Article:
Kate goes up to the station to find everything locked, and the whole place is abandoned. Thankfully, she hears the sound of a train and rushes back to the platform to get into it just in time. An out-of-focus shot shows someone else getting into the train as Kate runs through the sliding doors. As if confirming our suspicions, the train stops near the tunnel. Kate knocks at the driver’s cabin, and it’s revealed to us that the man is bludgeoned to death. Then the light goes off, and a man shines a torch at Kate. Thinking he is the security guard, she talks to him. But Kate is freaked out as the guy stays silent and keeps pointing the torch at her.
She starts running and falls. The guy comes after her, and it happens to be Guy, the colleague. He seems to have deliberately switched off the lights and switches them back. Instead of finding a way out of the predicament, the suited stalker offers to share his drugs and looks more intimidating. Subsequently, Guy gets aggressive and tries to sexually assault Kate. But he is suddenly dragged through the open door. She hears his screams and runs to the back of the train. Just as she jumps from the train to run towards the platform, Kate sees someone or something pursuing her.
Kate once again runs to every part of the station and finds all the gates locked. The exhausted Kate sits down, only to hear something. It turns out to be the homeless girl’s pet dog (from whom she bought the travel card). The dog runs into a narrow passageway, and Kate follows it. She crawls through it and finds the girl, Mandy (Kelly Scott), and her boyfriend, Jimmy (Paul Rattray). Mandy is too high to talk, but Jimmy hears Kate’s story after asking her to share a cigarette. Jimmy says it could be some vigilante who saved her. Kate disagrees with him. The homeless man offers his sleeping bag for the night. But Kate asks him the way to the control room so that she can get out of the place.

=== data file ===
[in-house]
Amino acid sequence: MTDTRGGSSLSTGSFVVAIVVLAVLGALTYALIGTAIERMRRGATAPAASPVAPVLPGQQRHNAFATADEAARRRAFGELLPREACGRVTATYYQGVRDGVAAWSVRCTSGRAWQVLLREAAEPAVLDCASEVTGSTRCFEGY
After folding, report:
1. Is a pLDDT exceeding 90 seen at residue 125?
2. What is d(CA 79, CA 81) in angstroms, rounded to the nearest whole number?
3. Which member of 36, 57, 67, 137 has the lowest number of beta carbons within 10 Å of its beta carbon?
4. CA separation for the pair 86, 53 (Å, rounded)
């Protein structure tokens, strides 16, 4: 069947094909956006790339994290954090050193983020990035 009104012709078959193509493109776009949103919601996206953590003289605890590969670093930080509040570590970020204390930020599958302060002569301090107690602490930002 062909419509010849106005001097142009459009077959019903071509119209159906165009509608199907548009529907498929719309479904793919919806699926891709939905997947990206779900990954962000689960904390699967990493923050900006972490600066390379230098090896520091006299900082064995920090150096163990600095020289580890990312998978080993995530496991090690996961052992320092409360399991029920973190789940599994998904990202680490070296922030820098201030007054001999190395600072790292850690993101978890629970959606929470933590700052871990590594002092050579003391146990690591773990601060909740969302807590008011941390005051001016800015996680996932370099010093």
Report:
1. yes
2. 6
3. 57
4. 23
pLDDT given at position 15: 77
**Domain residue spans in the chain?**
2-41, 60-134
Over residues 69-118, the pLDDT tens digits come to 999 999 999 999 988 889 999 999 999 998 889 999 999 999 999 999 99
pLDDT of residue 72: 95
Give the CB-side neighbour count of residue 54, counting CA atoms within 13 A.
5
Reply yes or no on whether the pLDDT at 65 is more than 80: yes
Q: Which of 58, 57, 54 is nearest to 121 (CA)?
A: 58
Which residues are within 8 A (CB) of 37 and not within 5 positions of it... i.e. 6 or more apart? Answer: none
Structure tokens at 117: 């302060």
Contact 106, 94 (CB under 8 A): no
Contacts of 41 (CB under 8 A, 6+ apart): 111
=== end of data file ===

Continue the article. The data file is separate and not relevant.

When Jimmy says it would be hard for her to navigate the labyrinthine space, she asks his help to accompany her. She offers him 50 pounds when Jimmy says bothering the authorities would jeopardize their stay there.
Mandy Is Gone
Jimmy tries to engage in small talk as he walks Kate to the control room. Later, he talks about his troubles and why he and Mandy couldn’t find a decent place. The impatient Kate cuts him off and candidly tells him that she isn’t interested in their life story. Jimmy swears at her, and they hear someone calling Kate. It’s none other than Guy. He is crawling through the tracks and is heavily injured. It looks like some creature has mauled him. Kate pays Jimmy another 50 pounds to carry Guy to the platform.
Meanwhile, Mandy wakes up hearing some noise. She finds the small door to their abode open. Her dog runs out. Mandy follows it to see plenty of rats in the station corridor. She carries her dog, only to look at something with unimaginable fear, and she screams. Just as Jimmy places Guy in a sitting position on the platform, he sees their dog with blood spots. Jimmy returns to the place, only to find a trail of blood. He follows the trail to an abandoned platform and a tunnel. But Jimmy is apprehensive about running into the tunnel.
Kate presses the emergency call button on the platform, hoping someone from the control center will answer. A pompous guy who calls himself ‘security supervisor,’ answers Kate. She asks him to call for an ambulance since a man is wounded. The man at the control center looks at her through the security cam and says he can’t see the injured guy. He further states that she could be a homeless drug addict. He says he will call the ambulance if Kate puts Guy in view of the camera. She goes to drag Guy, who is already dead. Moreover, the security supervisor suddenly finds too many rats in his office and gets his throat slashed.
What’s the Deal with this Monstrous Underground Dweller?
Knowing that the worst has happened in the control room, too, Kate runs back to find Jimmy. She asks if they can go through the tunnel to reach the next station and find the security guard there. Meanwhile, The bloodthirsty murderer is seen dragging his victims – Guy and the security guard – to his lair, and his army of rats follow him. Kate and Jimmy start walking into the tunnel and soon hear the sounds of a train. They run towards a small access tunnel, and the train stops. While Jimmy says it’s only routine for the drivers to stop the train when someone is on the tracks, Kate assumes that it could be the killer driving the train and looking for them.
Caught in the dilemma of whether or not to go to the train, Jimmy decides to go. If it’s the killer, he can take his revenge. If it’s the driver, they can hop on the train. But as expected, the plan goes wrong. Jimmy gets killed. Kate runs and falls into the sewage tunnels running below the station. She comes across the corpse of Arthur (the old sewage worker from the opening scene). Kate eventually encounters the killer (Sean Harris), who looks like the bald-headed cave-dwelling creatures from Neil Marshall’s The Descent.